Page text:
I have not read David Orr's "Beautiful and Pointless," which is a guide to modern poetry, but I intend to. Since we often talk about poetry here, I thought maybe others might want to read it. David Kirby reviewed it in the NY Times Book Review and gave it a thumbs up. Read the review, but it sounds good to me.
Seems like a good read. I'm not so sure that saying one thing and meaning something else is not a characteristic of language in general and not something that only poetry does. Also, a lot of the "code cracking" that occurs when trying to read (understand) poetry has to do with its poetical qualities.
I also think it's okay to interpret poetry differently from how the author had meant it. It's interesting to know what the author was thinking, but also poetry speaks to each of us differently, I think.
I also think it's okay to interpret poetry differently from how the author had meant it.
I just finished rereading Harold Bloom's Anxiety of Influence: A Theory of Poetry. His thesis is that all of poetry is misread (he uses the term misprision) or misinterpreted. It's a short book and was a fun read.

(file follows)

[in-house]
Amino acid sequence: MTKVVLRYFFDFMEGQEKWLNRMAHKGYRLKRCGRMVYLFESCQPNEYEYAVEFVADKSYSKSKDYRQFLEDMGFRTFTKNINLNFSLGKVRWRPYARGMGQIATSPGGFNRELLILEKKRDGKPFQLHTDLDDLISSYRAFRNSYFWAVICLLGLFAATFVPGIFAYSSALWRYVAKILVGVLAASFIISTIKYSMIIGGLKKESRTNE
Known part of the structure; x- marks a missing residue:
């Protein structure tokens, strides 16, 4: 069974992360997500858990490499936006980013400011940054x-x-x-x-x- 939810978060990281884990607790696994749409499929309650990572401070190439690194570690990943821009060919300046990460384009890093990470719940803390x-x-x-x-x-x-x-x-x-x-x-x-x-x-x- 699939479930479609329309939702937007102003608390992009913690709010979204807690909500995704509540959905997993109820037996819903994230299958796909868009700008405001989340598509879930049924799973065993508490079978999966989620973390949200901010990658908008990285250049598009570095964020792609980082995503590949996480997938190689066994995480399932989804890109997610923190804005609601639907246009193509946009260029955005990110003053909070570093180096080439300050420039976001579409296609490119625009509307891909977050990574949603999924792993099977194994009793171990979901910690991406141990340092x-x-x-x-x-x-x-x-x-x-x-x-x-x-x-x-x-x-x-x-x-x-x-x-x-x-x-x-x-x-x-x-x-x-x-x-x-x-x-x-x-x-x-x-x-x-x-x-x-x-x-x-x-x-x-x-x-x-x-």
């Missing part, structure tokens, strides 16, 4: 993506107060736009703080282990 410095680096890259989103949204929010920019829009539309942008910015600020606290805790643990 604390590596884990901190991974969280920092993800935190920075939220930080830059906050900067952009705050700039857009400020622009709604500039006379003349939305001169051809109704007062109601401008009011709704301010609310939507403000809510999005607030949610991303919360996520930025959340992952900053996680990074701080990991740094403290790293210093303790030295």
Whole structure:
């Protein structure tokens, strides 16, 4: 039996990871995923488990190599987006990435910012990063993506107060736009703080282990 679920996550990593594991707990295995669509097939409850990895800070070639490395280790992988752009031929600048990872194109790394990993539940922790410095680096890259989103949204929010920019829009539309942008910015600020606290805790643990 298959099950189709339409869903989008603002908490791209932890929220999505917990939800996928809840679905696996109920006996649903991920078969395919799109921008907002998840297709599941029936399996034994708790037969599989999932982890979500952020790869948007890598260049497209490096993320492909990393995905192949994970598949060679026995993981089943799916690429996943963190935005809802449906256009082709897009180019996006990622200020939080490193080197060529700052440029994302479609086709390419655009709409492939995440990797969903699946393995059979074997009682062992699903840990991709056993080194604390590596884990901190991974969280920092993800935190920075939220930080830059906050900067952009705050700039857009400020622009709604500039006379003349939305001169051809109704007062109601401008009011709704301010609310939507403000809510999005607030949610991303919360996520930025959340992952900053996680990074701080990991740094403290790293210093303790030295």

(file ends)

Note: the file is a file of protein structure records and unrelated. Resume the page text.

I'm with Kalleh on this one. I occasionally write poetry, and have found the most interesting aspect is to understand what others have taken from the work. Kirby sounds nonplussed at some of the reactions he gets, but then it sounds like he was dealing with less experienced readers who regard a poem as a clever code requiring a rosetta stone to obtain "the" meaning.
Glad to have read this review I somehow missed, not the least for its mention of other similar works which sound worth reading, as does the Bloom work mentioned by zmj.
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